World's Alpha Nation in Shock

We’re having another “fin de bubble” feeling. The absurdities seem to be building up pressure, like a major steam pipe under the sidewalk; we thought it might burst up through the sidewalk at any moment.

What set us off was the rush of comment on China’s $19.5 billion bid for Unocal.

The whole premise of America’s system of empire finance is that an American should be able to get what he yearns for, rather than what he actually earns. This desire is, of course, universal. It is like the desire to eat a lot without getting fat…or to take a trip to Las Vegas with your pretty secretary without upsetting your wife. But when you are the world’s Alpha Nation, getting something for nothing seems not only possible, but ordinary. It comes as a shock to realize that you may not be able to get away with it.

It was a “rough week,” said Reuters.

What made it rough was that both stocks and the dollar fell. Gasoline, meanwhile, rose to a record high early this morning and then came China with an offer to buy one of America’s leading oil companies. China is good for the money. It makes more than $100 billion from its trade with the United States each year. And China has a strong motive to buy; its economy is growing rapidly.

The rough part is that the Chinese offer comes as a blow to Americans’ amour propre. They have wanted to believe that they were getting rich…that they are on top of the world…and that they have the world’s most dynamic and productive economy. And then along come the Chinese with billions of dollars in their hands, and a plan in their heads to take away a substantial part of America’s vital energy industry.

We read the papers everyday. Hardly a day goes by without a comment on outsourcing, globalization, or America’s global trade imbalance. But we doubt we have read more than one or two remarks that were not completely moronic. We checked again this weekend; the spell of imbecility continues.

First, our favorite columnist, Thomas L. Friedman, can’t understand why politicians are opposed to Cafta, the Central American Free Trade Agreement. He even turns to the consulting firm that advised Enron — McKinsey — to make his point: “Early movers in offshoring improve their cost position and boost their market share.” He goes on to say that it is better to compete with the Latin Americans than the Chinese, because when “a shirt that says ‘Made in Honduras’ might contain 60% U.S. content, while a similar shirt that says ‘Made in China’ most likely would have none.”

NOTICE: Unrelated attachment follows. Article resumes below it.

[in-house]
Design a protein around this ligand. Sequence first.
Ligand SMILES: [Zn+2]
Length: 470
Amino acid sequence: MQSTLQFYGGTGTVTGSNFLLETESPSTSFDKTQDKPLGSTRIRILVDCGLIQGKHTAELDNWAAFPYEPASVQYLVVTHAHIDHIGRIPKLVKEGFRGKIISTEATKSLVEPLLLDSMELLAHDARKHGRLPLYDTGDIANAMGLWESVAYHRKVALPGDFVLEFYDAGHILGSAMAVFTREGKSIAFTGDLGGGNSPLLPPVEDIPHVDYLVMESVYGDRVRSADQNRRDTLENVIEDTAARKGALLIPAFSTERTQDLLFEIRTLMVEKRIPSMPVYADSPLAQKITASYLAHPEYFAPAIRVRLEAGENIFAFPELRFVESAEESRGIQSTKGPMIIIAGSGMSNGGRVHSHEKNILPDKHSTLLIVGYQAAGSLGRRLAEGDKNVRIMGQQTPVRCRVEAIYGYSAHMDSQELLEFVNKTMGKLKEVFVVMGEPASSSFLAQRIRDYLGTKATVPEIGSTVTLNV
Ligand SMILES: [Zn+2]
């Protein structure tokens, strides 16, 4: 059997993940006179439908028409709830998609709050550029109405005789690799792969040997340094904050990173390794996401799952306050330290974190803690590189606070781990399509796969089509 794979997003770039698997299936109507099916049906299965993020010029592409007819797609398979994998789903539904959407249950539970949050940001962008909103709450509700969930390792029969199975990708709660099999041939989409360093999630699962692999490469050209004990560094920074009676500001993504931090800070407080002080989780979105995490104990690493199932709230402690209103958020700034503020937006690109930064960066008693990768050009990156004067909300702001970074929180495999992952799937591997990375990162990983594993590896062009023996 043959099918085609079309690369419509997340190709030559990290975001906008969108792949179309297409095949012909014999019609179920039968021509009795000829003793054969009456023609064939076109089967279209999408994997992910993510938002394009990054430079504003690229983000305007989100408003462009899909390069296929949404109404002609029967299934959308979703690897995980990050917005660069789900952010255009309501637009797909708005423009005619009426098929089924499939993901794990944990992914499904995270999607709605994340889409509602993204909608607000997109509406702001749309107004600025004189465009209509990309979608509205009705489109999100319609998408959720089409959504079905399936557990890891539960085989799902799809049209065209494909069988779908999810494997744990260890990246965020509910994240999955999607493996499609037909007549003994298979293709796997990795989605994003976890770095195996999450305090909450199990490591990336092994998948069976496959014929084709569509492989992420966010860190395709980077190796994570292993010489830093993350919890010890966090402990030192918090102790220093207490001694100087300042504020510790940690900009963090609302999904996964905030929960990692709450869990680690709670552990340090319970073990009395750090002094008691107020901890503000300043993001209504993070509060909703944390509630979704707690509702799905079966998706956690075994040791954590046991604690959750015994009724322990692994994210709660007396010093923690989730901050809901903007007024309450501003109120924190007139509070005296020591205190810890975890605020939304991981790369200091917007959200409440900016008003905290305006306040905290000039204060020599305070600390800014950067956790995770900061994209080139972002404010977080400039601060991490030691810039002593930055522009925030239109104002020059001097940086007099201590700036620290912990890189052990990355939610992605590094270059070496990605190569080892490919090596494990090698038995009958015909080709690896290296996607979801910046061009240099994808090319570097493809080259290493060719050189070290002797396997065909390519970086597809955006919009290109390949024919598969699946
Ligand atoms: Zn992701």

What Friedman does not understand, among many other things, is that a man always desires to be richer than his neighbors. He desires free trade only when it offers to widen the gap in his favor. Cafta will almost certainly make everyone a little richer; but it will probably do more for the Latin Americans than it will for the Norte Americanos. Relatively speaking, the yanqui will get poorer while the Latino gets richer. If the trend continues long enough, people in Great Falls will send their boys to Mexico City, not to manage hedges, but to trim them.

• The International Herald Tribune makes Friedman’s point in its weekend editorial: “The United States needs open, accessible markets.” In this, it is completely mistaken. The empire’s commercial peak has already crested. In open markets, it loses out to the faster-moving, lower- cost competitors — in Latin America as well as in Asia. This does not mean that it is really worse off because of globalization. Everyone is better off when people are free to work and trade as they please. But the empire suffers. It loses money. It loses good-paying jobs. Its absurdities are exposed. Its hallucinations…its delusions…its preposterous yearnings and conceits — all come to look a little passé and pathetic.

The IHT is particularly concerned about the Unocal deal. America imports 60% of its oil. Already, the oil price has risen over $50 a barrel and looks like it will stay there. Gasoline is getting more expensive. And now China is competing for U.S. supplies directly — in the homeland itself.